The whale shark feeders
A whale shark swims towards a hand dangling into the water over the edge of a boat. Despite what its name might suggest, the creature is not looking for a bite of flesh; whale sharks are docile creatures that feed mainly on algae, plankton and krill. They are lured to the coast of Tan-awan, a village in Oslob, in the southern Philippines island of Cebu, by fishermen who hand feed them small shrimp, drawing large numbers of tourists to come and watch.
Locals, biologists face off over Philippine whale shark feeding
Tan-awan, in the southern Philippines island of Cebu, used to be a sleepy village that never saw tourists unless they were lost or in transit. Yet now they flock there by the hundreds - to swim with whale sharks, the world's largest fish.
Whale sharks are lured to the Tan-awan coastline of the Oslob district by fishermen who hand feed them small shrimp, drawing divers and snorkelers to see the highly sought-after animals, known as gentle giants of the sea.
But the practice has sparked fierce debate on the internet and among biologists, who decry it as unnatural.
"Some people are asking that we stop feeding, but if we stop feeding, what is our livelihood?" said Ramonito Lagahid, vice chairman of the Tan-awan Oslob Sea Warden and Fishermen Association (TOSWFA). "We have to go back to fishing."
Though whale sharks as large as 12.7 meters (42 feet) and a weight of more than 21.5 tons (47,400 lbs) have been confirmed, they feed mainly on algae, plankton and krill. Contrary to their name, the animals are docile and pose no risk to humans.
Much of their life cycle remains unknown to science, including total population numbers. Some are killed in areas where they tend to congregate, and the species as a whole is considered "vulnerable" by the International Union for Conservation of Nature (IUCN).
But Lagahid says there have always been whale sharks in Tan-awan. He remembers seeing them even when he was young.
"They are always around when we go out at night to collect 'uyap,' he said, referring to a kind of small shrimp that the whale sharks are fed. "Many times we have to stop fishing because the whale sharks are around."
Word about the whale sharks got out globally about two years ago via Internet postings from witnesses, and tourists began flocking to the village both from the Philippines and around the world. Most days see several hundred, but 2012 numbers peaked with 1,642 on Good Friday in 2012.
The whale shark "interaction area" is the size of a soccer field, some 80 meters (262 feet) off the beach, and feeding takes place from 6:00 a.m. to 1:00 p.m. Eight to 10 whale sharks show up on average, but some mornings see as many as 20.
Fees for foreign tourists range from 500 pesos ($12.29) to just watch the whale sharks, to 1,500 pesos - plus normal scuba diving charges - to dive with them. The money is pooled and each villager who works that day, as a guide or boat driver, receives 1,000 to 1,500 pesos - a good fee for the rural Philippines.
The results are clear. Many new brick houses line the short stretch of road leading to the feeding beach.
"It is easier working in the whale shark area, ….can earn a lot of money", said Aikie Lagahid, 23, Ramoncito's nephew and a fisherman who now works as a whale shark spotter and boatman. "In the morning we take the guests out, and in the afternoon, we play basketball."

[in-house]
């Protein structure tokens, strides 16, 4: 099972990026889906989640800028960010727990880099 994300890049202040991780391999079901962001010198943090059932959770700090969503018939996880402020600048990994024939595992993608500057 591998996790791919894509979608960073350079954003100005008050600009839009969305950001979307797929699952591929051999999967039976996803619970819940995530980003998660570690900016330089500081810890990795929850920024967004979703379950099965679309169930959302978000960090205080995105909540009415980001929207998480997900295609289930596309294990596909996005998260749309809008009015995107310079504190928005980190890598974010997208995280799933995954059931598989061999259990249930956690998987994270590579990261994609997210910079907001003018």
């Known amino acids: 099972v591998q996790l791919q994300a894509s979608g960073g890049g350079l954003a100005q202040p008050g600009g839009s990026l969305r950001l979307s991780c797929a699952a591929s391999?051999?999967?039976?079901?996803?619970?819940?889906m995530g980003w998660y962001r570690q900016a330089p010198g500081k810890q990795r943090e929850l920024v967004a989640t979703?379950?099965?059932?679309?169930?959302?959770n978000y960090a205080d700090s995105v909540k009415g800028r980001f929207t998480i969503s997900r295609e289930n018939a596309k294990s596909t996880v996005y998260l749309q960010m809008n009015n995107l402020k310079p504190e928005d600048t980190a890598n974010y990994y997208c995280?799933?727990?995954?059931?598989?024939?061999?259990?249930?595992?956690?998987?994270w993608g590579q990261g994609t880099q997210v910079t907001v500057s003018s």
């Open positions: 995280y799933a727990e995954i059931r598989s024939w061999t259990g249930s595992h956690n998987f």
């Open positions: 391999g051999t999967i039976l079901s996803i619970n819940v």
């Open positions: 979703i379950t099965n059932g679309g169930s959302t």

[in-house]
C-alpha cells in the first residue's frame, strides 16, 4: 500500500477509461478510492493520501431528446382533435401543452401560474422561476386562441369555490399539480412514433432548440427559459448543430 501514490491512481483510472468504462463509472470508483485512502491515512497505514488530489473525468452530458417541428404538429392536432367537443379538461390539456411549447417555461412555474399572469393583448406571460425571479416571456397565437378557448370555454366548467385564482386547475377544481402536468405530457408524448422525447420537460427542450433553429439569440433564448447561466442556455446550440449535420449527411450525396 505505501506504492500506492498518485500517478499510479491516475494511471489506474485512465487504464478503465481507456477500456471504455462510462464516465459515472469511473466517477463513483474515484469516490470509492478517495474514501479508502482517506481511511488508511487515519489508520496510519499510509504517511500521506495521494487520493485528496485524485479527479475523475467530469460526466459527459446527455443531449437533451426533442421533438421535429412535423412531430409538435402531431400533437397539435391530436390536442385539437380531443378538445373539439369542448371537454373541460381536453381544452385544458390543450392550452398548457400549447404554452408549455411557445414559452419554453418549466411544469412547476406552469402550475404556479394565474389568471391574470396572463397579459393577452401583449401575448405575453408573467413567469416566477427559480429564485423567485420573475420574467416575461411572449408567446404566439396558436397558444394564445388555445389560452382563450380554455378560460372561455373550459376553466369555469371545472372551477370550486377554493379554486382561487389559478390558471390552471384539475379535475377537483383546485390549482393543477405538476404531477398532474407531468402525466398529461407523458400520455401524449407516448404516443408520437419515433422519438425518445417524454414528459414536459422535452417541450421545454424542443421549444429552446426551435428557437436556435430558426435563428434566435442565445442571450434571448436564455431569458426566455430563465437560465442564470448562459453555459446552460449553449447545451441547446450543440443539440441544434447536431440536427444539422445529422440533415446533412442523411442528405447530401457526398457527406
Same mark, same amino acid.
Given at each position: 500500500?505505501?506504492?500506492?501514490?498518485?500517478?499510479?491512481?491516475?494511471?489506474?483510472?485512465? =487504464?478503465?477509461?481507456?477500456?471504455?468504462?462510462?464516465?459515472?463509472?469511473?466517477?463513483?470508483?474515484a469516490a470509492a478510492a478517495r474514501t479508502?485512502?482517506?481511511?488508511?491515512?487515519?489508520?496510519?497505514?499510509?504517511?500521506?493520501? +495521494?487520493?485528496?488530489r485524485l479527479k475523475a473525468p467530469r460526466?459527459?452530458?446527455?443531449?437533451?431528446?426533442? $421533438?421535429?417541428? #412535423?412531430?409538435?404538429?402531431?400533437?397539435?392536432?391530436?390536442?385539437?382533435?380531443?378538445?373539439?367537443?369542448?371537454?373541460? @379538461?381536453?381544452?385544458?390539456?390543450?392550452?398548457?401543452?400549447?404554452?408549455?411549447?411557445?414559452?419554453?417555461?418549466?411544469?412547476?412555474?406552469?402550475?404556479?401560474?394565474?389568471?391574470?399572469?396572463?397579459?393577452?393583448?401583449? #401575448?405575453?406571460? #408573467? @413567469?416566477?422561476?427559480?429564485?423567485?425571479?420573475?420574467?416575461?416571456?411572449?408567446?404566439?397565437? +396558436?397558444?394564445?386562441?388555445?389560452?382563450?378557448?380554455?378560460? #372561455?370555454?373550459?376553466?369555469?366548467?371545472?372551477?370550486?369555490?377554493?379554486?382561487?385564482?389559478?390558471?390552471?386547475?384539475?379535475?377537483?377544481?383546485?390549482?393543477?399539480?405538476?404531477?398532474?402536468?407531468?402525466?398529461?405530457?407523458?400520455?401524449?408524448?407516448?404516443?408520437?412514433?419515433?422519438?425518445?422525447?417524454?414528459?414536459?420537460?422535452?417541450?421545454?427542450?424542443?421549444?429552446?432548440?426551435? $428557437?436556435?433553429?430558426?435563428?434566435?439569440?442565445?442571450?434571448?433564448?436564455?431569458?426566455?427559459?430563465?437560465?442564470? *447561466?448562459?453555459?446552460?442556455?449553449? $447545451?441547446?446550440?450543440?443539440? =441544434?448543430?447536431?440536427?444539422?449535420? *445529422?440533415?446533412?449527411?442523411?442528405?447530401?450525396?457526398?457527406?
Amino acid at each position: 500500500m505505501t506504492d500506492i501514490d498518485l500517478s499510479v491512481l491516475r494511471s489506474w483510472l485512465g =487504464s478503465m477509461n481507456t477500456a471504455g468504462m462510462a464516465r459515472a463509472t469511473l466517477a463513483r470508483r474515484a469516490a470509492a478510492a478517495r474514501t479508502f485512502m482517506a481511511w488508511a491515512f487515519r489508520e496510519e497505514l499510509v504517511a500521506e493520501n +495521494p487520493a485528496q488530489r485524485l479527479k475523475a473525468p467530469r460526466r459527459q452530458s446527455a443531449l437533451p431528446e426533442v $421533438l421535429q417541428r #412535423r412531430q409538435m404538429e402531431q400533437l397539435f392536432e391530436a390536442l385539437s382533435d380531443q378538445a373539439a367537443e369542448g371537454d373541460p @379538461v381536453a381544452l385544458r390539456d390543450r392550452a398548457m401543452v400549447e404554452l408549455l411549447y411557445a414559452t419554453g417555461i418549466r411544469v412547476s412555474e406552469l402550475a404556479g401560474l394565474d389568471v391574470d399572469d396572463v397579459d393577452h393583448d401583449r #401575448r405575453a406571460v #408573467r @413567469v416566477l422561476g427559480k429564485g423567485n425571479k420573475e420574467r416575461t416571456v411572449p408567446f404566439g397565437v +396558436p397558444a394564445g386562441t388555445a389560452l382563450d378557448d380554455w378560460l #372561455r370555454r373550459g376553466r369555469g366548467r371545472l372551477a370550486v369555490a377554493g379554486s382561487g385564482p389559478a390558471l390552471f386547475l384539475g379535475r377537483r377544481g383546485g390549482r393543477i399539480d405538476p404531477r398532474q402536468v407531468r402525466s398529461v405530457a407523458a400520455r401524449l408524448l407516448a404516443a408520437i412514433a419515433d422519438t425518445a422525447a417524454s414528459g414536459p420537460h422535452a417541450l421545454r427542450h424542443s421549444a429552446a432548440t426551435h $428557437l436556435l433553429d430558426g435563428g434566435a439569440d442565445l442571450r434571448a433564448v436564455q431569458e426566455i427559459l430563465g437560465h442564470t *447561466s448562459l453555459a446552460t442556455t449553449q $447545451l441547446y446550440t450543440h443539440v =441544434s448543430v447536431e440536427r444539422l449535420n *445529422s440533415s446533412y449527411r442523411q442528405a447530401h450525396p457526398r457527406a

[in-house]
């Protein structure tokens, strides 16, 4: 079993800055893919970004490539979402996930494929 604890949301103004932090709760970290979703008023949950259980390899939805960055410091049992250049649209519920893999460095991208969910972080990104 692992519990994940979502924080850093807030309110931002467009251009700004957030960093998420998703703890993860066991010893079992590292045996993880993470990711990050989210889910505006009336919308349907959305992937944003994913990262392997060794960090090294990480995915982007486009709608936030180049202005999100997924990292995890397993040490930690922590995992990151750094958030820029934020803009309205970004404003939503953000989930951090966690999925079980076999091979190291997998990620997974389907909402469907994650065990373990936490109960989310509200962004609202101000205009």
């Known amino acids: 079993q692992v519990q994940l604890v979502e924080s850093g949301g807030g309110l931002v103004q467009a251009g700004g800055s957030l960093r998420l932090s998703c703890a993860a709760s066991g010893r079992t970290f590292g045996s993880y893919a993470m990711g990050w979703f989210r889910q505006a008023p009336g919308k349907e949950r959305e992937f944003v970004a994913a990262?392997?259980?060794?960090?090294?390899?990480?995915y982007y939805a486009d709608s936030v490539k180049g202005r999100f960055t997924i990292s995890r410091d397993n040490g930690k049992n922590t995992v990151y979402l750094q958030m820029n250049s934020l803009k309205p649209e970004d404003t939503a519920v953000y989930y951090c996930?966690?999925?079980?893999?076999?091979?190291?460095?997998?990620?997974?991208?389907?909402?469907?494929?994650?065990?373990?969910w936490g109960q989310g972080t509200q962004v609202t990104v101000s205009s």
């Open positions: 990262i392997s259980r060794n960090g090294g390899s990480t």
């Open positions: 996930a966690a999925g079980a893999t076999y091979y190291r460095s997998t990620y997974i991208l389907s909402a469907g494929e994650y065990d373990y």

Tourists are delighted as well.
"It (the whale shark) is really big, so it was really an experience," said Cecilia Buguis, a Philippine tourist. "I would definitely tell my friends about it."
But not everybody is thrilled. Biologists, in particular, are afraid that the feeding will create long-term problems.
It is very rare, according to Italy-based environmental group Physalus, to have so many whale sharks in such a small area so regularly. Feeding from a boat close to humans is also extremely unnatural.
"It looks like being in a zoo, a circus, looking at the animal walking up and down being fed. This is not a natural behaviour that you see," said Alessandro Ponzo, the president of Physalus.
"The experience that you have ... is not the same as when you see them in the wild, in their natural environment. What you learn here is that wild life is (fine) to be exploited as a tourism attraction."
Biologists fear that the situation could lead the whale sharks to develop abnormal social behaviours, such as increased aggression or competition between the animals. The close contact could also lead to the spread of disease and parasites.
A Facebook page, "Stop Whale Shark Feeding in Oslob, Cebu, Philippines," says the feeding is an "exploitation of both the fish and the people." It has 881 likes.
Animal rights groups say they understand the importance of tourism as a source of livelihood, but emphasise that it has to be done in a sustainable way in order to become a long-term possibility.
Physalus is evaluating the effects of tourism and feeding on the behaviour of whale sharks and hopes their research will help the local government manage whale shark tourism and minimise the environmental impact.
"You should stop the detrimental effect to the shark, but you should also improve the livelihood of the community as well," said biologist Samantha Craven, the group's project coordinator in Oslob. "Real eco-tourism is something entirely achievable."